A study of 2,000 motorists revealed just a third felt confident they could recognise the brake warning light, while only 51 per cent could identify the tyre pressure warning.
Less than six in 10 (59 per cent) were aware of what the battery warning light was, while nearly half wouldn’t be able to tell if their rear fog lights were on from looking at their dashboard.
Worryingly, 29 per cent couldn’t confidently pick out the symbol to warn of low washer fluid and 30 per cent would be stumped if the engine oil warning light flashed up.
Younger people are less likely to know what different car signs mean, as 18 to 24-year-olds knew an average of just 32 per cent of the symbols on their dashboard, compared to 52 per cent for over 65s.
There is also a big gender divide as men believed they could recognise 53 per cent of the warning signs on their dashboard compared to just 38 per cent for women.
Road safety in Britain
The survey has raised questions about road safety in Britain, with the average driver estimating they could only identify 45 per cent of the lights and symbols on their dashboard.
However, 77 per cent have been in a position where a warning light has come on while they were behind the wheel.
Limvirak Chea, co-founder and CEO at Fixter, which commissioned the research, said: “These figures are troubling and show there’s a lot to be done to make Britain’s roads safe.
“It’s important that people are aware of the possible hazards which the warning lights tell drivers about their vehicle.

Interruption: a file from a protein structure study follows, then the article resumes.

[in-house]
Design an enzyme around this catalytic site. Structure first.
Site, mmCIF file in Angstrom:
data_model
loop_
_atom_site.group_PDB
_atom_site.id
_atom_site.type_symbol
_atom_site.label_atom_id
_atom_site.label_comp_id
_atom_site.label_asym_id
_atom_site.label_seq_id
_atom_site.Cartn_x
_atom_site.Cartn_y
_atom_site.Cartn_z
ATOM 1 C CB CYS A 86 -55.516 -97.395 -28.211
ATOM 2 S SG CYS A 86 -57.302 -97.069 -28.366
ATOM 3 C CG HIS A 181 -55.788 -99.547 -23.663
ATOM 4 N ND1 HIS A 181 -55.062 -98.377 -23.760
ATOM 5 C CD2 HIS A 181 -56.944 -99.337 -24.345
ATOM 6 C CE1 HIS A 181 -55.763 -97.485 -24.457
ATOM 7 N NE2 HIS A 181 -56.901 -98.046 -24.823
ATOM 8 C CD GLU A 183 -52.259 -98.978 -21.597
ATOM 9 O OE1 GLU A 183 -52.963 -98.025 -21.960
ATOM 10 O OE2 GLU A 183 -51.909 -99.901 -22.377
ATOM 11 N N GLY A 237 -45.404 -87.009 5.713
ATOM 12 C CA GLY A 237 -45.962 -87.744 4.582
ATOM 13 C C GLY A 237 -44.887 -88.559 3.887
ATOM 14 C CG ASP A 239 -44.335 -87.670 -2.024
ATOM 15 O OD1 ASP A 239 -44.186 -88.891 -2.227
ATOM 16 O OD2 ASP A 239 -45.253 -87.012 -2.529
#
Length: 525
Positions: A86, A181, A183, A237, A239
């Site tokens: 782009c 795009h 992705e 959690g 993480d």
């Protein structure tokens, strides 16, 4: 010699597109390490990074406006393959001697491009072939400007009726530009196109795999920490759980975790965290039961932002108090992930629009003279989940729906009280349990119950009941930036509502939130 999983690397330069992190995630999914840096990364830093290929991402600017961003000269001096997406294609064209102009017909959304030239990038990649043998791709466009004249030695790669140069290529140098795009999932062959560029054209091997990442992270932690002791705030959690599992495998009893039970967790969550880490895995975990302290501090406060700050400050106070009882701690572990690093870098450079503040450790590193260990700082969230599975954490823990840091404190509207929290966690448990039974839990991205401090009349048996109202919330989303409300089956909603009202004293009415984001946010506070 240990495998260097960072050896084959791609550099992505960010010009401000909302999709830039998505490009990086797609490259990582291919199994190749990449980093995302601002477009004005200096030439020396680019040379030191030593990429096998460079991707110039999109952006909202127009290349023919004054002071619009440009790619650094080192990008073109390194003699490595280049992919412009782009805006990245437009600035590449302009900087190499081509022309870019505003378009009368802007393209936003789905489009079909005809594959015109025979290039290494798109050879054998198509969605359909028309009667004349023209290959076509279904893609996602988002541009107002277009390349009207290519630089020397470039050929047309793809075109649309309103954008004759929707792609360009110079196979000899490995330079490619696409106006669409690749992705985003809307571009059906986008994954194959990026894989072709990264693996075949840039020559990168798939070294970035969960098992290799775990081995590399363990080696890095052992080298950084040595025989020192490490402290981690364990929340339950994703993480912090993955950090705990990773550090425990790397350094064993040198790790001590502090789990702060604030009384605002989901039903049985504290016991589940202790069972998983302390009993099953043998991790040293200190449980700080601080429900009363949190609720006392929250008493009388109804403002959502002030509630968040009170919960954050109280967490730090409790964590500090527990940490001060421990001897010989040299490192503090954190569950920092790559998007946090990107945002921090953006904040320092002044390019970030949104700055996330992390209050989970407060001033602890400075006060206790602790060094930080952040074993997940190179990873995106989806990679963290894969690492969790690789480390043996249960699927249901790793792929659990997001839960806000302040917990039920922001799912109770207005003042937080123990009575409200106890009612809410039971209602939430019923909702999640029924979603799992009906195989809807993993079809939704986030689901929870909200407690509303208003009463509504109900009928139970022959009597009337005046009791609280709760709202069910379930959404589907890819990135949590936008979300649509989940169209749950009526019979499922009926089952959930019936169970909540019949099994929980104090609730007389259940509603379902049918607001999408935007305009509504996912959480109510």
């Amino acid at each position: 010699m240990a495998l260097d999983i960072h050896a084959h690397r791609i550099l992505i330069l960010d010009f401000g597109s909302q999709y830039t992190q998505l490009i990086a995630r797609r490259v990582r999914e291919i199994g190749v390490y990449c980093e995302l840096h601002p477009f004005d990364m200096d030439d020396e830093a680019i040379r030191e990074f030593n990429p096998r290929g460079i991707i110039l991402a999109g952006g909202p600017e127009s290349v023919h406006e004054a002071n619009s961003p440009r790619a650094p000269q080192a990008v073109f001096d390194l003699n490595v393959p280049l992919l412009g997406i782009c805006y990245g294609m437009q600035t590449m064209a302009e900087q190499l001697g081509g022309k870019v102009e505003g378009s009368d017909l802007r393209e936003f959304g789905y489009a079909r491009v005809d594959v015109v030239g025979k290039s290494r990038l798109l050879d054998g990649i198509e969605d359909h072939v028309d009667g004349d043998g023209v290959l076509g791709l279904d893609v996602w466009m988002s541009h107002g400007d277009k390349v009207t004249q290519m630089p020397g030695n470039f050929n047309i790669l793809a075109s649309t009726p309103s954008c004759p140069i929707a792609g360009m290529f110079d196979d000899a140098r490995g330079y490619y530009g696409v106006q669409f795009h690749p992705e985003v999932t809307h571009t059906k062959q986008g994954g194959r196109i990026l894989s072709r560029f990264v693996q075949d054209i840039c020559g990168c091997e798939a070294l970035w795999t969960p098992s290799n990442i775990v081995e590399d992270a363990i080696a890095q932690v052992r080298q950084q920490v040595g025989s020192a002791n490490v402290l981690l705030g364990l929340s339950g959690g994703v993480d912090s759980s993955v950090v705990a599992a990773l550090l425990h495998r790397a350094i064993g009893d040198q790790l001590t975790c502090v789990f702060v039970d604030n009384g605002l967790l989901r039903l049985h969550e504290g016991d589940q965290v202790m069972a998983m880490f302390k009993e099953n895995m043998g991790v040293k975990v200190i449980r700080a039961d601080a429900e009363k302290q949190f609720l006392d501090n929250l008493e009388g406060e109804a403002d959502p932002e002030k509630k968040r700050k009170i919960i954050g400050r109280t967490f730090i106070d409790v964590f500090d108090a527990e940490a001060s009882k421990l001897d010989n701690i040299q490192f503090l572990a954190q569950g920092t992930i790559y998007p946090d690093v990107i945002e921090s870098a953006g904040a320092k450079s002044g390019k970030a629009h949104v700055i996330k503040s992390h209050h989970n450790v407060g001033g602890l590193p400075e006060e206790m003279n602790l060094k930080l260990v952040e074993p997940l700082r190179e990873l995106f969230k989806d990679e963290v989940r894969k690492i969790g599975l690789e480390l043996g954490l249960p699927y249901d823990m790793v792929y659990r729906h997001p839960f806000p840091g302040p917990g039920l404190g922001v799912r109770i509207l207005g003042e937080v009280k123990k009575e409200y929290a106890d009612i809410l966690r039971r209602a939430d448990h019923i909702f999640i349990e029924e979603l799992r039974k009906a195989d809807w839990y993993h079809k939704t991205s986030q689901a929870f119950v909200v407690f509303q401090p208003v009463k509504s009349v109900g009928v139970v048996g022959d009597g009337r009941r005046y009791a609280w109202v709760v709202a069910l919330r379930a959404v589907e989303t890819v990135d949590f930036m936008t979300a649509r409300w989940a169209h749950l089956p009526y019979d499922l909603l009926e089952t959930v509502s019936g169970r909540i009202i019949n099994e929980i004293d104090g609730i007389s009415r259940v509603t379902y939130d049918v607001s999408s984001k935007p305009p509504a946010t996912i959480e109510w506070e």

“By getting your car regularly checked and making sure you get your MOT done, this can offset any future problems you may have further down the line.”
In response to the findings, a tricky quiz has been unveiled – leaving people unable to decipher what simple symbols on their car dashboard really mean.
Drivers have to answer eight questions on what the different symbols commonly displayed in vehicles represent.
Among the symbols displayed include an oil warning sign, the bonnet not being closed and a warning to check your coolant levels.
Addressing the issue
The study also found that of those who have had a warning light appear while driving, just 14 per cent felt able to address it themselves.
Nearly half (48 per cent) would call on a nearby garage while 40 per cent would speak to a family member and 12 per cent would speak to a passer-by or stranger.
But 37 per cent admitted to ignoring a warning light, with more than one in 20 of those pretending it wasn’t there for a year or more.
Not considering it to be important as the car was still running fine was the top reason for ignoring it (27 per cent), followed by fears over how much it would cost (15 per cent) and simply forgetting (11 per cent).
However, 48 per cent said not addressing the warning light once it appeared led to a more costly repair.
The study, carried out via OnePoll also found 58 per cent of drivers think the symbols on modern car dashboards are too complicated.
And 72 per cent think not addressing dashboard warnings is dangerous.
As a result, 30 per cent have taken their car into the garage for an early MOT after seeing a warning light appear.
More than half (55 per cent) of motorists would take their vehicle to an independent garage to get a warning sign checked, with 24 per cent getting their car checked at a dealership.
Trust (56 per cent), reliability (52 per cent), convenience (48 per cent) and cost (40 per cent) were all cited as the top reasons for taking their vehicle to their garage of choice. you
Limvirak Chea, from Fixter, added: “If things do go seemingly wrong, it’s important to know where to put them right.
“Our skilled network of independent garages across the country are all vetted to ensure motorists have access to top rated mechanics, so you can be confident if anything does go wrong, you’re in capable hands.”